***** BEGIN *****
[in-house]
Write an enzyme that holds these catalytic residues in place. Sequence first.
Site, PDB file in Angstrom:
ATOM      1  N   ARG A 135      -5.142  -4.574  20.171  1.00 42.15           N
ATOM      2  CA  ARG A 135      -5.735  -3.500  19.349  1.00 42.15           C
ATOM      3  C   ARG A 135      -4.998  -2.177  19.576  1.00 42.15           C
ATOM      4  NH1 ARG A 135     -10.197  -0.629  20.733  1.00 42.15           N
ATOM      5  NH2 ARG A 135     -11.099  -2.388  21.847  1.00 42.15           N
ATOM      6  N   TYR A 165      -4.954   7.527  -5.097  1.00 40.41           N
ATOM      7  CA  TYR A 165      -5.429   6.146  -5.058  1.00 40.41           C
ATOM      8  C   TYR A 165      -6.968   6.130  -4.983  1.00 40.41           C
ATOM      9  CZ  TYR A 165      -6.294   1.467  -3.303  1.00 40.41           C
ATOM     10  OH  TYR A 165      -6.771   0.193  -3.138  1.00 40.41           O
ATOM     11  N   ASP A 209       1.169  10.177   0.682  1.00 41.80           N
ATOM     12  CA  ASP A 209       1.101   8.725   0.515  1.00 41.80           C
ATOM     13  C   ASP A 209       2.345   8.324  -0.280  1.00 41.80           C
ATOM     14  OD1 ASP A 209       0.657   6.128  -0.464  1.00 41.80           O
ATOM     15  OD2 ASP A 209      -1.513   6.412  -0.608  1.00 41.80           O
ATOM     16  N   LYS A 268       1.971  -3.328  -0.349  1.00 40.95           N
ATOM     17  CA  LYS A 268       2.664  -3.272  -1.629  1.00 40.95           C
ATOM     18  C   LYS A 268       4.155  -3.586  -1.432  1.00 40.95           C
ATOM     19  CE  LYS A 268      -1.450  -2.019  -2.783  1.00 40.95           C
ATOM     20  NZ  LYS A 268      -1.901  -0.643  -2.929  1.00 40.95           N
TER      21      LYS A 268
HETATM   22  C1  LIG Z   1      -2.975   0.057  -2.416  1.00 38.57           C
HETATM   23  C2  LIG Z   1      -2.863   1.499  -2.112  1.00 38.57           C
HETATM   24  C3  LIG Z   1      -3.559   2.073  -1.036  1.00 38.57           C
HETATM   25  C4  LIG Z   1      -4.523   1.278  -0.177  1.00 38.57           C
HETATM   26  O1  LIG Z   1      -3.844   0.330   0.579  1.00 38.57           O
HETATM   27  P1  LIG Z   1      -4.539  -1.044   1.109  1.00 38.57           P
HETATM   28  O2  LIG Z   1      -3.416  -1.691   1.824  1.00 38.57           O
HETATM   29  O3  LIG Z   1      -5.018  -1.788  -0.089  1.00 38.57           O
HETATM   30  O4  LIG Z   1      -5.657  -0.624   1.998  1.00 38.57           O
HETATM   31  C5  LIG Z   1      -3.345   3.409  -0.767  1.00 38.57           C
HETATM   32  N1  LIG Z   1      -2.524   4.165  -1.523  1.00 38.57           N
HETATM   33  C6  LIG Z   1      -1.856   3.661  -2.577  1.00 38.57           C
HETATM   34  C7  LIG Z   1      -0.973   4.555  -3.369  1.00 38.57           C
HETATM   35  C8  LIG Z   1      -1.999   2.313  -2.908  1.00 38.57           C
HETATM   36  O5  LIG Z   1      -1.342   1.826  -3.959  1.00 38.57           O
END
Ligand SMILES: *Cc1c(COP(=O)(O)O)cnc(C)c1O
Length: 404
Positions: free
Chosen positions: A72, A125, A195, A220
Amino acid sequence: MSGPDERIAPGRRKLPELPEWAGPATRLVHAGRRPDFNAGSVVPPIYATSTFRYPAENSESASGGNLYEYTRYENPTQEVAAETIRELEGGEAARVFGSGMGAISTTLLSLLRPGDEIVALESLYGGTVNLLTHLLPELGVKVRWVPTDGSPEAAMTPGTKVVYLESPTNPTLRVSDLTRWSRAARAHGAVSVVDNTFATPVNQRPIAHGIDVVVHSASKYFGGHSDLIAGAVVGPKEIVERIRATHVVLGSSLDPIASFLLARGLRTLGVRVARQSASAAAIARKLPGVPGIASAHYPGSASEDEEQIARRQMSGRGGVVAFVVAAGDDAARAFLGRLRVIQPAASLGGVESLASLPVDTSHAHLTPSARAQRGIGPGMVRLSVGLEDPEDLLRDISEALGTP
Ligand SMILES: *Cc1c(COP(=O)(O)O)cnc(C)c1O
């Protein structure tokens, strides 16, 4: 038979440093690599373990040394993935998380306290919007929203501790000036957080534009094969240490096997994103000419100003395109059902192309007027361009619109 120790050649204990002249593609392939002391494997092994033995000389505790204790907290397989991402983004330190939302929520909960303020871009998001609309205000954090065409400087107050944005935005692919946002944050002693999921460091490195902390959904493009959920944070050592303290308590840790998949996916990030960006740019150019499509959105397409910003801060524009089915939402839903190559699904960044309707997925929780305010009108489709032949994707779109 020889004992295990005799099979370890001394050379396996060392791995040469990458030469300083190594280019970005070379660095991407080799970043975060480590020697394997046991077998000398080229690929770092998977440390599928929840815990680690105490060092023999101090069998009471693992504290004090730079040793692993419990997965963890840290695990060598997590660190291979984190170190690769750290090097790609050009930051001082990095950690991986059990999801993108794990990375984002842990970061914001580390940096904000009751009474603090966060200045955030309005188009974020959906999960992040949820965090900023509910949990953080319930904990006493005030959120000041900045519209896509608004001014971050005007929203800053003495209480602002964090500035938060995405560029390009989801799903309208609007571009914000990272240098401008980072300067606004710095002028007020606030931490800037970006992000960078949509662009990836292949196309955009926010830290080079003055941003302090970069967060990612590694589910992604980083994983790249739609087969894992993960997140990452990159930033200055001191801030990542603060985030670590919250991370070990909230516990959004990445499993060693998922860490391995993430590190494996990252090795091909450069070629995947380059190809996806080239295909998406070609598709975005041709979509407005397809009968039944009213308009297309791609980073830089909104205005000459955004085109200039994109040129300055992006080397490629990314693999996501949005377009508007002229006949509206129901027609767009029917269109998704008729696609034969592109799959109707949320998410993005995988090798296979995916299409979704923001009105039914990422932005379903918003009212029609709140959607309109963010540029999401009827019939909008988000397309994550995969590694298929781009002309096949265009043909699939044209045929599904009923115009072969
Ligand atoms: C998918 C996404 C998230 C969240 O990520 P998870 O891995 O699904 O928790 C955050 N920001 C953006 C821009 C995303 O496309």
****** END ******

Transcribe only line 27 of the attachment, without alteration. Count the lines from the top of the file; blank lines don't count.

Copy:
HETATM   24  C3  LIG Z   1      -3.559   2.073  -1.036  1.00 38.57           C